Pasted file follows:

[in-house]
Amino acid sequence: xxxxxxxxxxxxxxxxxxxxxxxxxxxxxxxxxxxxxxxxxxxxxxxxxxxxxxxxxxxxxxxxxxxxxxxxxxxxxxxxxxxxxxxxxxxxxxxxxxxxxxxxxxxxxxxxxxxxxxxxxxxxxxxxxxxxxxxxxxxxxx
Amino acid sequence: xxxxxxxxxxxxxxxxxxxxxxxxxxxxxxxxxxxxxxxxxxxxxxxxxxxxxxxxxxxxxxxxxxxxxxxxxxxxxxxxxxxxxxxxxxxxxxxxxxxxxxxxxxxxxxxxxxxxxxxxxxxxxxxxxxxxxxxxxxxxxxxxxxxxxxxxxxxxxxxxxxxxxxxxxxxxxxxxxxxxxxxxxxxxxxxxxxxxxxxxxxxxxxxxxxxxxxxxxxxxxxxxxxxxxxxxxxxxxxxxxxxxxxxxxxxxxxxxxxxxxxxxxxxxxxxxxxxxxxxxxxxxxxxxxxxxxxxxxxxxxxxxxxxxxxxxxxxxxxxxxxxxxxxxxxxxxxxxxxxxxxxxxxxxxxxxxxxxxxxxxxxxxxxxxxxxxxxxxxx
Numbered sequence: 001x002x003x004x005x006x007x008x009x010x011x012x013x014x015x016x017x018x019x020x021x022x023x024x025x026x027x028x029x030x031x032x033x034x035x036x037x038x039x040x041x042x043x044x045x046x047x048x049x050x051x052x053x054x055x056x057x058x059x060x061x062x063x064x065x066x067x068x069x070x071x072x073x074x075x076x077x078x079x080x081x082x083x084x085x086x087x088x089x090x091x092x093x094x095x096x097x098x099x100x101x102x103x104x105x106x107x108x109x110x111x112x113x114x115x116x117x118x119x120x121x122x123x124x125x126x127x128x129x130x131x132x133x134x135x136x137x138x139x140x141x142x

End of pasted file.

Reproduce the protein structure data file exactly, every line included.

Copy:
[in-house]
Amino acid sequence: xxxxxxxxxxxxxxxxxxxxxxxxxxxxxxxxxxxxxxxxxxxxxxxxxxxxxxxxxxxxxxxxxxxxxxxxxxxxxxxxxxxxxxxxxxxxxxxxxxxxxxxxxxxxxxxxxxxxxxxxxxxxxxxxxxxxxxxxxxxxxx
Amino acid sequence: xxxxxxxxxxxxxxxxxxxxxxxxxxxxxxxxxxxxxxxxxxxxxxxxxxxxxxxxxxxxxxxxxxxxxxxxxxxxxxxxxxxxxxxxxxxxxxxxxxxxxxxxxxxxxxxxxxxxxxxxxxxxxxxxxxxxxxxxxxxxxxxxxxxxxxxxxxxxxxxxxxxxxxxxxxxxxxxxxxxxxxxxxxxxxxxxxxxxxxxxxxxxxxxxxxxxxxxxxxxxxxxxxxxxxxxxxxxxxxxxxxxxxxxxxxxxxxxxxxxxxxxxxxxxxxxxxxxxxxxxxxxxxxxxxxxxxxxxxxxxxxxxxxxxxxxxxxxxxxxxxxxxxxxxxxxxxxxxxxxxxxxxxxxxxxxxxxxxxxxxxxxxxxxxxxxxxxxxxxx
Numbered sequence: 001x002x003x004x005x006x007x008x009x010x011x012x013x014x015x016x017x018x019x020x021x022x023x024x025x026x027x028x029x030x031x032x033x034x035x036x037x038x039x040x041x042x043x044x045x046x047x048x049x050x051x052x053x054x055x056x057x058x059x060x061x062x063x064x065x066x067x068x069x070x071x072x073x074x075x076x077x078x079x080x081x082x083x084x085x086x087x088x089x090x091x092x093x094x095x096x097x098x099x100x101x102x103x104x105x106x107x108x109x110x111x112x113x114x115x116x117x118x119x120x121x122x123x124x125x126x127x128x129x130x131x132x133x134x135x136x137x138x139x140x141x142x